By Rabbi Shai Cherry
In the Aug. 8 issue of the Exponent, op-ed writer Max Weisman wrote a piece called “Why Millennials are Opting Out of Synagogue,” in which he cited his “generation’s longing to create and customize.”
Rabbi Yehudah HaNasi, the compiler of the Mishnah, anticipated that same impulse nearly 2,000 years ago. He held that as soon as the Israelites encountered the voice of God at Sinai, each person interpreted the voice according to his or her own idiosyncratic capacity. Two thousand years later, Jews are still yearning to translate their unique perceptions into living programs.
As a newly minted congregational rabbi, I sighed when reading Weisman’s experience that synagogues were not places of creativity that honored congregants’ self-expression. Synagogues around the country have been grappling for many decades with the Scylla and Charybdis of tradition and change.
For those of us beyond the millennials’ age range, society has never moved with such rapidity. For millennials, this is their normal. Jewish leaders have a divine duty to overcome institutional inertia and respond to contemporary challenges wherever possible.
In the spirit of Rabbi HaNasi, Congregation Adath Jeshurun is introducing a new approach to celebrating B’nai Mitzvah. Starting today, our synagogue will offer a customizable alternative to the standard Shabbat morning service. For those who prefer, there will be an option to lead Shabbat afternoon and evening services. In lieu of chanting the Shabbat morning haftarah, the B’nai Mitzvah will offer a teaching session after Havdalah. The session will reflect the young Jew’s individual interpretation of what is most important about Judaism to them at this moment in their lives.
Two-thirds of American Jews, according to a 2013 Pew poll, aren’t so sure about God. For those late tweens who fall into that category, the standard Bar and Bat Mitzvah ceremony can be a farce. To be sure, those skeptical tweens would also find our new alternative problematic. The difference is that in place of the time spent learning the haftarah, the rabbi will be able to explore with the youth different theologies within Judaism.
The idea of a uniform Judaism is a betrayal of the long tradition of honoring local customs. Before the advent of the printing press, communities prized their own liturgical forms. In the centuries after the invention of movable type, printers included in a single volume many different local customs in order to expand their market and maximize profitability. Eventually, communities began to recite all the prayers since they were in a single book. Liturgical uniformity is an artifact of technology and capitalism.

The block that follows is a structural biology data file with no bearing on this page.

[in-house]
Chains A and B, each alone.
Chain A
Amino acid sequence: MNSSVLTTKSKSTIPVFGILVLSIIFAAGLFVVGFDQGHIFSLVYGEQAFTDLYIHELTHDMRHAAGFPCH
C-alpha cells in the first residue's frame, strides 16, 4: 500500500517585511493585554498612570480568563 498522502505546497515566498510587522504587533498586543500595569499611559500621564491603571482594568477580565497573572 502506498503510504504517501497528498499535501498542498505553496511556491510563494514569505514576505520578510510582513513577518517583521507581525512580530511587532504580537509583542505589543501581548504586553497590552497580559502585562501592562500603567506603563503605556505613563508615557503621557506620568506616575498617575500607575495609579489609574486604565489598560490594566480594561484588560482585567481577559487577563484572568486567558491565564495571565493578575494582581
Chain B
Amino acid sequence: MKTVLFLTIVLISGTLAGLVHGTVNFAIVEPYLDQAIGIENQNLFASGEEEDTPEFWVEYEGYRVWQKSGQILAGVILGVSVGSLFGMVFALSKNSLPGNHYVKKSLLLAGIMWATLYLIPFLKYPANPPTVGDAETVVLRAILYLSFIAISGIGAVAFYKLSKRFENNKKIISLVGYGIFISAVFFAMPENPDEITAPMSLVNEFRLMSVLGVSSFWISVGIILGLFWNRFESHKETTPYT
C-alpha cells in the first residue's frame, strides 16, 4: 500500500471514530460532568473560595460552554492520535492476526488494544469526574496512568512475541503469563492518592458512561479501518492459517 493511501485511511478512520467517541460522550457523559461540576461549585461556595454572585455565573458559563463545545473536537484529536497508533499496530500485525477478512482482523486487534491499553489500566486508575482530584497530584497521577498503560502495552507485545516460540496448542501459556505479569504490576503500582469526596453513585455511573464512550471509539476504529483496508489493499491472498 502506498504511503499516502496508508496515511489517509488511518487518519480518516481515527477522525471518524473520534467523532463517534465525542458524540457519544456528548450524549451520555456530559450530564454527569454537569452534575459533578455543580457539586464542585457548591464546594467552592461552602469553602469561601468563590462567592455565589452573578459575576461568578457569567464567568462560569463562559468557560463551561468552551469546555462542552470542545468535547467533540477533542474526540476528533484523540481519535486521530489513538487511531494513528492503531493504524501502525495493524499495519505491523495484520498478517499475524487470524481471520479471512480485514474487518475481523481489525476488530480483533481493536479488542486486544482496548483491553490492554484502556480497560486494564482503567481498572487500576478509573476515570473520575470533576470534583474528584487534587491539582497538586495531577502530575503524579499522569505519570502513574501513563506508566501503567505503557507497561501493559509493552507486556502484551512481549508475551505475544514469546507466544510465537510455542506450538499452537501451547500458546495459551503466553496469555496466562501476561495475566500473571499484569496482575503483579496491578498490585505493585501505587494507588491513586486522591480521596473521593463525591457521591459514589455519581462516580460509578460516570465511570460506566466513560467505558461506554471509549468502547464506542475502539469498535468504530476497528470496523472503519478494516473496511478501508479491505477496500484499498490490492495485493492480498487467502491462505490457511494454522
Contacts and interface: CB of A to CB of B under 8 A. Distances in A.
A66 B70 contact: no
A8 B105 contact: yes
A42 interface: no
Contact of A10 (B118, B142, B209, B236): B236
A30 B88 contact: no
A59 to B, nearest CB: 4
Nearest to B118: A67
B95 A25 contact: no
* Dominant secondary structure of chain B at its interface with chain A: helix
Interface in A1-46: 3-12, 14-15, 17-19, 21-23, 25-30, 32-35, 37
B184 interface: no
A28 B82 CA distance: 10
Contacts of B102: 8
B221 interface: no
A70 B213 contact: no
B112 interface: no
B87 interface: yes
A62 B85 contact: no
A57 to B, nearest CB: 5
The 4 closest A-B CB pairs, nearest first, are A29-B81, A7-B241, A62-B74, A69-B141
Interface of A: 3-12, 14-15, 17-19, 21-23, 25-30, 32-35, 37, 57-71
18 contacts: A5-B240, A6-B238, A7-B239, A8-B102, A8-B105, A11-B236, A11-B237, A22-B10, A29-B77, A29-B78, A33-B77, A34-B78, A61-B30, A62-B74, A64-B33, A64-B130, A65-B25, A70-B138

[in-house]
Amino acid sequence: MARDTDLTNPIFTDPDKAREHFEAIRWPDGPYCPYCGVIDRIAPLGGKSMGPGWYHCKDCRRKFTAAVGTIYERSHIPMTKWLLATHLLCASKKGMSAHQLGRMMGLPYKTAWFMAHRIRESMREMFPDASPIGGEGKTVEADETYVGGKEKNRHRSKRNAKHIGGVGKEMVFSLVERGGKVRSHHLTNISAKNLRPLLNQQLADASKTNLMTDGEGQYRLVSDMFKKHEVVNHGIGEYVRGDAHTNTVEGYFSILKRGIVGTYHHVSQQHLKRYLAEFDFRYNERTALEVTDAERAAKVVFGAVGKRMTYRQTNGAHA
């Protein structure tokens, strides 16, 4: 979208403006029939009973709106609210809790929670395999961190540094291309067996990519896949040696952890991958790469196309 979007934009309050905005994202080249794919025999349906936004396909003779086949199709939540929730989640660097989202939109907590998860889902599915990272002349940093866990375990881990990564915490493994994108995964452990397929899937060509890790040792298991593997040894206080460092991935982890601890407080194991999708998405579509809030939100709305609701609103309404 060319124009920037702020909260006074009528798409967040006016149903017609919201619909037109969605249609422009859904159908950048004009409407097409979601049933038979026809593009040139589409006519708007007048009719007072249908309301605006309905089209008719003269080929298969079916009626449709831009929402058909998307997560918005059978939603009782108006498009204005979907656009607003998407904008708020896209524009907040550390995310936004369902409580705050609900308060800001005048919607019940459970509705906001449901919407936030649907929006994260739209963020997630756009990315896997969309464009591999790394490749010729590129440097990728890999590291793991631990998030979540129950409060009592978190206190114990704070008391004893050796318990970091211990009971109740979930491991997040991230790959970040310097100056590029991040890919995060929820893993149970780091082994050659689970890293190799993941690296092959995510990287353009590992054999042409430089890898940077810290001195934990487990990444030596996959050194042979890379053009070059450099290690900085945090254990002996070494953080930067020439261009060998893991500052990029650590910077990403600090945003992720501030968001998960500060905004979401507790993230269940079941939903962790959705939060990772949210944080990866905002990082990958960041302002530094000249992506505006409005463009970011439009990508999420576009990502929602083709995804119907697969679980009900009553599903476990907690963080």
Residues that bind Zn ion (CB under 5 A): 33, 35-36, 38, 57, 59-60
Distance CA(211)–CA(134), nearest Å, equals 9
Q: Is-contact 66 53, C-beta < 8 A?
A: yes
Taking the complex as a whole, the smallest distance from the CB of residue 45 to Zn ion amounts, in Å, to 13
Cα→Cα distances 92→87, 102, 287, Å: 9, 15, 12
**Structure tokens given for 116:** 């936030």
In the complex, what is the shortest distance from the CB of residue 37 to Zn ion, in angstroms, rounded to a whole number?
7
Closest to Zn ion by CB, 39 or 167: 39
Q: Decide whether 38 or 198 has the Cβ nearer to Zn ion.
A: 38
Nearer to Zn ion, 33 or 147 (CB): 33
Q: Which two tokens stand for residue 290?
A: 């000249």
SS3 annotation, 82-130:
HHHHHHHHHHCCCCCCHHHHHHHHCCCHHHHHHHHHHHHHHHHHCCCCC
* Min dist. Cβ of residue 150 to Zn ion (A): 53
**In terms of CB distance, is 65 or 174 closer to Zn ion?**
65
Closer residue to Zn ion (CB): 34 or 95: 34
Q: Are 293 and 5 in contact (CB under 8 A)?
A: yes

When God introduced himself to Moses at the burning bush, God did so not as the “God of Abraham, Isaac, and Jacob,” but as the “God of Abraham, the God of Isaac and the God of Jacob” (Exodus 3:6). For English teachers, that’s two too many gods. But for the Chasidic tradition, the seeming redundancy is the Torah’s way of revealing that each of us has a unique relationship with God. Why shouldn’t our B’nai Mitzvah have unique ceremonies to inaugurate their relationships with God?
If millennials want to reinvent Judaism, it starts with knowing the tradition and being part of a community of co-inventors. On behalf of Congregation Adath Jeshurun, I invite you to join our community. Starting today, AJ is offering a year of free membership for folks new to our synagogue community.
Here’s a challenge to every synagogue: For a year, eliminate your financial barrier to entry. Remove that stumbling block. Millennials identify as “nontraditional” Jews who long to “create and customize.” Let’s invite each one in to interpret God’s voice according to their own idiosyncratic capacity. Nothing could be more traditional.
Rabbi Shai Cherry is the rabbi at Congregation Adath Jeshurun in Elkins Park.